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How many star constellations do you know? And if you know any, can you see them in the city where most of us live? Environment editor Florence Hazrat talks to light-researcher Dr Annette Krop-Benesch on the impending loss of our night sky, and what we can do about it.
Read More “The end to moonshine revels? How our obsession with light is destroying life on the planet.”
After viewing Dulwich Picture Gallery’s latest exhibition, British Surrealism, Jennifer Brough reflects on one of the west’s most disruptive art movements, its elitism, and how women surrealists are gradually being given the space they deserve.
Read More “British Surrealism at Dulwich Picture Gallery”
In these two hauntingly evocative poems, Elodie Rose Barnes captures the sensuous, creative spirit of night and the tumultuous relationships of Djuna Barnes and Thelma Wood, Natalie Barney and Renée Vivien.
Read More “‘A personal god’ and ‘Lilies’ by Elodie Rose Barnes”
Writing of her own experiences of under water diving, Tilda Bowden describes a world of wonder beneath the surface of the sea by day, and its celestial transformation by night.
Read More “Nebula of the Sea”
Throughout history Eurydice has been portrayed as a voiceless cypher next to the vocal brilliance of her husband Orpheus. But does the ENO’s 2019 programme of Gluck, Offenbach and Glass alter this? asks our writer Miriam Al Jamil.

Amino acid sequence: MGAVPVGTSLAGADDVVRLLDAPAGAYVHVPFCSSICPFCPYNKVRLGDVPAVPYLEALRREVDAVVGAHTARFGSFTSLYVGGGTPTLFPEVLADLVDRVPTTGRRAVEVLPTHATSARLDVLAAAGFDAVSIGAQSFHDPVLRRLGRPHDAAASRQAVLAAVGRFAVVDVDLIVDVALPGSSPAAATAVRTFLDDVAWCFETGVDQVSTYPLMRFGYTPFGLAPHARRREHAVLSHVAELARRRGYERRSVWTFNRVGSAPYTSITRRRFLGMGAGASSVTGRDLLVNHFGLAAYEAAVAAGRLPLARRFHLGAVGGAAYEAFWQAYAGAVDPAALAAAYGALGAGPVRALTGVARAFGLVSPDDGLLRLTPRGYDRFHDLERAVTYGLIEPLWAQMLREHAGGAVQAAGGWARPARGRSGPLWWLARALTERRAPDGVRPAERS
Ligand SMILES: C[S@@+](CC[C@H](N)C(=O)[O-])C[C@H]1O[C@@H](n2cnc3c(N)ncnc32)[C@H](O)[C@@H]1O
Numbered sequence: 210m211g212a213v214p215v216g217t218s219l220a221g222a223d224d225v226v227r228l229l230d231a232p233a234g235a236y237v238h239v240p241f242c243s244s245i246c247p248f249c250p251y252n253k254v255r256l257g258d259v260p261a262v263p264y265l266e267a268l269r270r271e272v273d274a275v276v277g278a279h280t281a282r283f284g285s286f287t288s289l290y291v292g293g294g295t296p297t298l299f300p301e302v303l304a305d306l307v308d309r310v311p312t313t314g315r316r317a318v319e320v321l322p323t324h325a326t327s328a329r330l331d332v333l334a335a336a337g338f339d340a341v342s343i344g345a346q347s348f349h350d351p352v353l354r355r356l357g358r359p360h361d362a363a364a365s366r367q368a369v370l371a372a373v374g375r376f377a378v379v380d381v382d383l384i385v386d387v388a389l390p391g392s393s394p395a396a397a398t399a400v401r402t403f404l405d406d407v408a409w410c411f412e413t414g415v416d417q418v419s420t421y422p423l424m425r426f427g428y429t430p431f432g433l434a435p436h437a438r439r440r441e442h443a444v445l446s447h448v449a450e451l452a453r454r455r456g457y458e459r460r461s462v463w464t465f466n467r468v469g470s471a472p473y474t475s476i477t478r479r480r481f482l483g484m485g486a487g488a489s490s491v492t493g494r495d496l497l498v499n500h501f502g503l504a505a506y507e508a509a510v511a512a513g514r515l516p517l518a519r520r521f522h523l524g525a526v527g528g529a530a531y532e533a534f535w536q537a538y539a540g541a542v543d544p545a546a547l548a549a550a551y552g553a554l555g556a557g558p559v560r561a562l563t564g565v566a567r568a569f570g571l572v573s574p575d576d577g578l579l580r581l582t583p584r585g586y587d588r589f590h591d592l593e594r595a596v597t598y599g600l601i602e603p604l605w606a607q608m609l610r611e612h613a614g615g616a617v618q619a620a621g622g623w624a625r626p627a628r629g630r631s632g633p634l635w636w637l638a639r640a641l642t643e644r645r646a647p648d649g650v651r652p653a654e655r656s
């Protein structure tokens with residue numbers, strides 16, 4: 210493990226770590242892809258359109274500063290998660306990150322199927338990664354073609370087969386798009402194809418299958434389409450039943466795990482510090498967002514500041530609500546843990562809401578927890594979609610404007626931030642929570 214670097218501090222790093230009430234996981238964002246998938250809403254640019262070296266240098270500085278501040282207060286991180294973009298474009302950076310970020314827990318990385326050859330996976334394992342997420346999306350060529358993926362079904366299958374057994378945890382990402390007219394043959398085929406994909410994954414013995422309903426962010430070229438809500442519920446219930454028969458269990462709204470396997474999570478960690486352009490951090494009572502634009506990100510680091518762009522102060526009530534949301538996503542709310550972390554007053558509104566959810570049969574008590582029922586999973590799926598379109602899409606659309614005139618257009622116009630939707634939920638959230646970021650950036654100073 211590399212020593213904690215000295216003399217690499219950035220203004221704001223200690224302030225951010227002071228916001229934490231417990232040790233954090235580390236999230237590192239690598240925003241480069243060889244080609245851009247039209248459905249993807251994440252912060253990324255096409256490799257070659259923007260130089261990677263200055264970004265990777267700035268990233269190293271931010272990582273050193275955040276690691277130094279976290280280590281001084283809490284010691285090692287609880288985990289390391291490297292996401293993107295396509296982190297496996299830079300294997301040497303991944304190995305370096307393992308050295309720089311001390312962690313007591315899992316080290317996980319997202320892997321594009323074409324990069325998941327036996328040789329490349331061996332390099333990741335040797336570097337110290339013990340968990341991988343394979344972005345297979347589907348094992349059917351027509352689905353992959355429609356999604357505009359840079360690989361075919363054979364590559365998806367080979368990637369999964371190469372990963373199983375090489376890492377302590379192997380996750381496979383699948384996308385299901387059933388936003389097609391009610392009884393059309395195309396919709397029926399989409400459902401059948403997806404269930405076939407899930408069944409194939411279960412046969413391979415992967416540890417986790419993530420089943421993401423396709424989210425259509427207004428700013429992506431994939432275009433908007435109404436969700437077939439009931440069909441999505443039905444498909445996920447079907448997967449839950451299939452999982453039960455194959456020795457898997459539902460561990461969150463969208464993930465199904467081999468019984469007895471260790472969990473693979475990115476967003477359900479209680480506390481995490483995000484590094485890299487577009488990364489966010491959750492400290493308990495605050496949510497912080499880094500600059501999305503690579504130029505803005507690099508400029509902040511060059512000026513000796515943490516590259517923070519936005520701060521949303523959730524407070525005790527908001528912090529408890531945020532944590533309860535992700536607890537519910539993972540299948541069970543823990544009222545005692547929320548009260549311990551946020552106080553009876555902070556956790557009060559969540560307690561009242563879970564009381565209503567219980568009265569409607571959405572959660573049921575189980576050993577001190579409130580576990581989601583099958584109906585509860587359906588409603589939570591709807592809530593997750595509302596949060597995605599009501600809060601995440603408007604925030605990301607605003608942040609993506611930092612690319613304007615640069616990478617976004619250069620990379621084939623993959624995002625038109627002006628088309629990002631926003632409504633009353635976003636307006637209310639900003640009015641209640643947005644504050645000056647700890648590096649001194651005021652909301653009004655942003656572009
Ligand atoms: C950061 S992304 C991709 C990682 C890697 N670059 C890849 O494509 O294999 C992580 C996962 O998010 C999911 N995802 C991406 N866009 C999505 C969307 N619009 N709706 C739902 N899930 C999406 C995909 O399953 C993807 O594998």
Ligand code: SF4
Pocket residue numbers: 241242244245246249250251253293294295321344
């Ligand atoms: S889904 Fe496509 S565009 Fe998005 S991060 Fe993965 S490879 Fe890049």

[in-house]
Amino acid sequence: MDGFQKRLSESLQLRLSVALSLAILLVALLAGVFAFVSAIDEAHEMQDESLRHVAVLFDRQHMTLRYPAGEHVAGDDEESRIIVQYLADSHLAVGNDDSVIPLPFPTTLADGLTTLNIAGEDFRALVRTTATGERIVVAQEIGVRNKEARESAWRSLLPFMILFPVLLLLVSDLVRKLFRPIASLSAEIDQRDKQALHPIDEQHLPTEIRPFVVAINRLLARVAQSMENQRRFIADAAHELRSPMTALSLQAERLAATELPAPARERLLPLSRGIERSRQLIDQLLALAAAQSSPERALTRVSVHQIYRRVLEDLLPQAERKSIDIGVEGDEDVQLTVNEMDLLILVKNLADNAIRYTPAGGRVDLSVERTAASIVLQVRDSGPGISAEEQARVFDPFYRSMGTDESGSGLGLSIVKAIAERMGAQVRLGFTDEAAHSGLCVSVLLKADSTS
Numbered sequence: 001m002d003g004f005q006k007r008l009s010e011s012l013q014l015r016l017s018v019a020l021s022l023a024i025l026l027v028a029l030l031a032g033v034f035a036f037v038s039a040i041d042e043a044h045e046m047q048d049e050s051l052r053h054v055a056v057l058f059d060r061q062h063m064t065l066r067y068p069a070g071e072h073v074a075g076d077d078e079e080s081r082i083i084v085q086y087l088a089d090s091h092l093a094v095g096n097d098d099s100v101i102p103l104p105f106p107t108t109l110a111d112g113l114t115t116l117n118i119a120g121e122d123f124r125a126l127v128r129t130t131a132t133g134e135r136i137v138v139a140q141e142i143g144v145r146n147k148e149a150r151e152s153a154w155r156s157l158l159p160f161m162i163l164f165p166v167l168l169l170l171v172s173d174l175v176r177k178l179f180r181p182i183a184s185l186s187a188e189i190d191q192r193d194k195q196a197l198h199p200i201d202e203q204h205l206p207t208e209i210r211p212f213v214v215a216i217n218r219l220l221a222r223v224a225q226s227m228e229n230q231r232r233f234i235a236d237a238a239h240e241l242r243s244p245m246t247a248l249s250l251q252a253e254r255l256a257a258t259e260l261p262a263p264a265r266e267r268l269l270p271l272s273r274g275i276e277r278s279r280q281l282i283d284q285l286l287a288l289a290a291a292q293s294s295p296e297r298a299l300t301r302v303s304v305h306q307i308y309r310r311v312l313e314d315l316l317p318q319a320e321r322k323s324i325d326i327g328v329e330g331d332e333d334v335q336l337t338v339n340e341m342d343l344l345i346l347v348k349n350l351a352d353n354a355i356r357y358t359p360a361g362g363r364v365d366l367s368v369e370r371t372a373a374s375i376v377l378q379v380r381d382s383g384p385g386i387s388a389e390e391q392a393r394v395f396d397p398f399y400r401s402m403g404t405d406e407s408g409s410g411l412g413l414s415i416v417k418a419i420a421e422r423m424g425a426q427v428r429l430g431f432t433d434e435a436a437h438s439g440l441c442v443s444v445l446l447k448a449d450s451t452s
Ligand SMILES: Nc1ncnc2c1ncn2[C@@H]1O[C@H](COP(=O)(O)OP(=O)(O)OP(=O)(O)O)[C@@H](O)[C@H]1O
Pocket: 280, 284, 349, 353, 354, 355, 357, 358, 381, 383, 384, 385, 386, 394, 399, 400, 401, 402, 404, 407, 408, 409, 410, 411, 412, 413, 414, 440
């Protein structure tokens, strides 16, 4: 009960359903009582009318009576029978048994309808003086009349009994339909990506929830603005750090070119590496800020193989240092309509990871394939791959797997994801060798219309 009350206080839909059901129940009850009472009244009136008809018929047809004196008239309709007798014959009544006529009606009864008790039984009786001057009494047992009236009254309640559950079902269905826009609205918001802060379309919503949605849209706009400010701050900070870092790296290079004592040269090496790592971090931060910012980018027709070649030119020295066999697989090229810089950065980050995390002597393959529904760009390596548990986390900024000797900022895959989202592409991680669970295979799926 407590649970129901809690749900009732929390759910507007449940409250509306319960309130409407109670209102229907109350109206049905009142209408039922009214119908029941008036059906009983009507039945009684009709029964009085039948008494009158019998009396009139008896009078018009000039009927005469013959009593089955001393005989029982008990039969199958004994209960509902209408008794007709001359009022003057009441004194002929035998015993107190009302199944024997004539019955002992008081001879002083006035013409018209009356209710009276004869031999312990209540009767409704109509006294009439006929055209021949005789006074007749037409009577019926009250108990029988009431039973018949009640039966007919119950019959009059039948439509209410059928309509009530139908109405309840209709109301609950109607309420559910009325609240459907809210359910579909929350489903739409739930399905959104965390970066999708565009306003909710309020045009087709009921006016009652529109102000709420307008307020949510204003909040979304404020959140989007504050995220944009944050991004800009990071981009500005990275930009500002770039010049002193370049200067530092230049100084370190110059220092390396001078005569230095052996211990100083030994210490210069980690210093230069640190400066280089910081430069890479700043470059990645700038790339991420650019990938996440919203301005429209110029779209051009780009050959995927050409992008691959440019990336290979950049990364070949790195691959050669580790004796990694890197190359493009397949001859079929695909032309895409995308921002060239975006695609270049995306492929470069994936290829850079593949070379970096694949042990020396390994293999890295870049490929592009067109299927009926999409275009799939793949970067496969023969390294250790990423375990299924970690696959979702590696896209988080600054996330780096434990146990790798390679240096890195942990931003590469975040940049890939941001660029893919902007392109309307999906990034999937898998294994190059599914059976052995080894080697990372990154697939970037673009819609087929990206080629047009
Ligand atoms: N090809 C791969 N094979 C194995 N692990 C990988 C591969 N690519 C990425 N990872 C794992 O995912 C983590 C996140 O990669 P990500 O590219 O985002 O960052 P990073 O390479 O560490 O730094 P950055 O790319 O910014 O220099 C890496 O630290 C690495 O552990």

Read More “Eurydice Among the Shades”
Illustrious clubs and night spots in Mexico, Iran, Nigeria and numerous European cities are celebrated – and recreated – in the Barbican’s latest exhibition, Into the Night: Cabarets and Clubs in Modern Art.
Read More “Into the Night: Cabarets and Clubs in Modern Art, at the Barbican Art Gallery”
Melissa Edmundson’s short story collection, Women’s Weird, is full of literary greats such as Edith Wharton, May Sinclair and Edith Nesbit. Their stories are packed with ghosts, ghouls and weird occurrences, but, says Gabriela Frost, the most chilling aspect is the social treatment of women.
Read More “Women’s Weird – Stunning short stories that fright (& fight) with their social commentary”
The American-French dancer, Isadora Duncan, has been described as an ‘oversaturated subject’, but a new graphic novel shows her life and contribution to dance in a new light, writes Francesca Dytor.
Read More “Isadora by Julie Birmant and Clément Ouberie – an engrossing, beautifully illustrated graphic novel”